As a writer, I like to retain, recycle and recast material I’ve written when it might be useful again, and DC Comics also long practiced this form of intellectual thrift.
For example, compare the Murphy Anderson covers of Strange Adventures 35 (The Cosmic Chessboard, Aug. 1953) and Justice League of America 1 (The World of No Return, Oct-Nov. 1960).
In both cases, heroes are playing a cosmic chess match that imperils real people, and both stories even feature a dinosaur fin-headed alien who sports a third eye, (one green-skinned, the other red-skinned). That’s one easy “tell” for recognizing the hand of particular comic book artists, by the way. They all tend to have distinctive types of fantasy aliens that they draw.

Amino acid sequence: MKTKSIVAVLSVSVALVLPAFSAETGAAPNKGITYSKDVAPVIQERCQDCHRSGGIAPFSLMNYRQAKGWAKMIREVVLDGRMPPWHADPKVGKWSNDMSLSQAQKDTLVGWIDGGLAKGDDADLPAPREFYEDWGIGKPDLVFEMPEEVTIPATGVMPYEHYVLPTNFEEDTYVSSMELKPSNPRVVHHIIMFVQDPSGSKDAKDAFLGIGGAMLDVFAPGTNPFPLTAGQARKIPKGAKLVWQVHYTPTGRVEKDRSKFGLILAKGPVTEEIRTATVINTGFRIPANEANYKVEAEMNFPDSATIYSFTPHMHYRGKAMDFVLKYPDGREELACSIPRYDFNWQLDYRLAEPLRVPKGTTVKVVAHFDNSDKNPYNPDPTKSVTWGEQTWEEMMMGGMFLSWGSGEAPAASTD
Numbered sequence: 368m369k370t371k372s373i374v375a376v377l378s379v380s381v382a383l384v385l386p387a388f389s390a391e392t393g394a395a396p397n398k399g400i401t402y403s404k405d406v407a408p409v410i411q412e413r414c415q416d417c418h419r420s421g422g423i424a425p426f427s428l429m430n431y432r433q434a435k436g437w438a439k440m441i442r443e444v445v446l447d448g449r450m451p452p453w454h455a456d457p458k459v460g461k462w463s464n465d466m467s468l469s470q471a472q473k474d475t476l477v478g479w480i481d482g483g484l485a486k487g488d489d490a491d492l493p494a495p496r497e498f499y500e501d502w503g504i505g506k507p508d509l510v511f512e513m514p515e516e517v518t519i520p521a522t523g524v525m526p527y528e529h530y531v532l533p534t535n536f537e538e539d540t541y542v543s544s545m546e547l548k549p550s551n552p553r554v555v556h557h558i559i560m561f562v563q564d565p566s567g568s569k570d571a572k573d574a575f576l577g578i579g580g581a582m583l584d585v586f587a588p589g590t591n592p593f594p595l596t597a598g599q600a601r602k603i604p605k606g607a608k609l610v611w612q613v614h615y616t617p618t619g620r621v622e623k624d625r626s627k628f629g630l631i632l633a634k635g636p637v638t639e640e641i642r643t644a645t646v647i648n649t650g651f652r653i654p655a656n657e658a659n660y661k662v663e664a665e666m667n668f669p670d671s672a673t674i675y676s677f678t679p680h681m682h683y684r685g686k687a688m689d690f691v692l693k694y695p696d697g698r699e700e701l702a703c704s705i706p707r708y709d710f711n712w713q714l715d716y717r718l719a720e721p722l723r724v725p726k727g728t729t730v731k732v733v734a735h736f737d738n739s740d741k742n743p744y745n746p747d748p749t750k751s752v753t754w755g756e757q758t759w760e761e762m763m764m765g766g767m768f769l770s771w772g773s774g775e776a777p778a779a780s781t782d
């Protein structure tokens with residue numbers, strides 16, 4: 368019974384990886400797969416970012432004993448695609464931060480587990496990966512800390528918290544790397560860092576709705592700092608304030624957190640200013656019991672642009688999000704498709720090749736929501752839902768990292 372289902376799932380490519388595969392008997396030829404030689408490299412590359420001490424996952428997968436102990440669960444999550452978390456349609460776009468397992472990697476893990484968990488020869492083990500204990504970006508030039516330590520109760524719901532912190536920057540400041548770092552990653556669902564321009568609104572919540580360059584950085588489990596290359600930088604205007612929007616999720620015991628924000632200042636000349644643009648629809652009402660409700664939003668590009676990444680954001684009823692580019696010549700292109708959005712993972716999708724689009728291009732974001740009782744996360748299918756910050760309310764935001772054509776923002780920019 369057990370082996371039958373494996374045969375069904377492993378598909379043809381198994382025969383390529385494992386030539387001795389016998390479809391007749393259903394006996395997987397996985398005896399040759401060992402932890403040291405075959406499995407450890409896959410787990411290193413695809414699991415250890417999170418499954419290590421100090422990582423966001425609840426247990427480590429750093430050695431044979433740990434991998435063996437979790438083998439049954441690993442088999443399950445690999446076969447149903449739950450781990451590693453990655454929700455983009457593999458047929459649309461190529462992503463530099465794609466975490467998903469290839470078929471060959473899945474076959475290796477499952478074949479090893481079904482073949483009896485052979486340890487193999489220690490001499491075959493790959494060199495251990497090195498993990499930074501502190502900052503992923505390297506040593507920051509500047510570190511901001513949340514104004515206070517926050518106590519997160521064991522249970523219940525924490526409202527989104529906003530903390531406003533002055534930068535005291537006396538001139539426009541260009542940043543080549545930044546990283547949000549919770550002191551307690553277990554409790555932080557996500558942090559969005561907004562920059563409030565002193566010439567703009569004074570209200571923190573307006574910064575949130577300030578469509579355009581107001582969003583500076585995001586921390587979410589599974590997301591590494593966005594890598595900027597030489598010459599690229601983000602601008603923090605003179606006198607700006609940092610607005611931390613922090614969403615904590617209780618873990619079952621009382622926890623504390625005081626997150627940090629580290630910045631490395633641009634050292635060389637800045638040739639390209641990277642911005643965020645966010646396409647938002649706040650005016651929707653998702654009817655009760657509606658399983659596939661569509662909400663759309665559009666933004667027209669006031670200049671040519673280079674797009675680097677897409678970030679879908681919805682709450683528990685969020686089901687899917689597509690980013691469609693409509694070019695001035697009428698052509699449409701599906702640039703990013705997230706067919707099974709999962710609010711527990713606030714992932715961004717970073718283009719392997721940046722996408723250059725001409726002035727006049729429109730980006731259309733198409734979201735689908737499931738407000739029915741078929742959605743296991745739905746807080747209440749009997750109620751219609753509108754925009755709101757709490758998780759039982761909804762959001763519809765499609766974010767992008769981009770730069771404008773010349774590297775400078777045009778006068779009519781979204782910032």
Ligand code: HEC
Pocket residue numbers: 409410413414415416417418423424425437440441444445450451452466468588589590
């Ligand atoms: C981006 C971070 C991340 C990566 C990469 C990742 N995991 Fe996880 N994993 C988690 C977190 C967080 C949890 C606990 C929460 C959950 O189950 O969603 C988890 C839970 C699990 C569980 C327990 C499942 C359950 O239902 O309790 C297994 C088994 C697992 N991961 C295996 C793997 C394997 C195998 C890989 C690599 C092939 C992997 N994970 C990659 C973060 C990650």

For DC, publishing in an era in which it was expected that readers would begin and then stop reading their product within a span of five to seven years, it made good business sense to recycle fantasy ideas that had proven popular. Hence all those intelligent gorillas…
Note, too, the way John Broome’s Captain Comet story might slyly be read as merely the daydream of a frustrated librarian.
When Adam Blake offers a suggestion to a chess player in Midwest City Park, the man sneers at his intellectual abilities. Then the inconspicuous librarian muses that he is really a secret superman who saved Earth and other planets in a recent cosmic chess match against an extraterrestrial despot, but of course nobody on this planet knows that…
Superheroes as wish fulfillment? Could it be?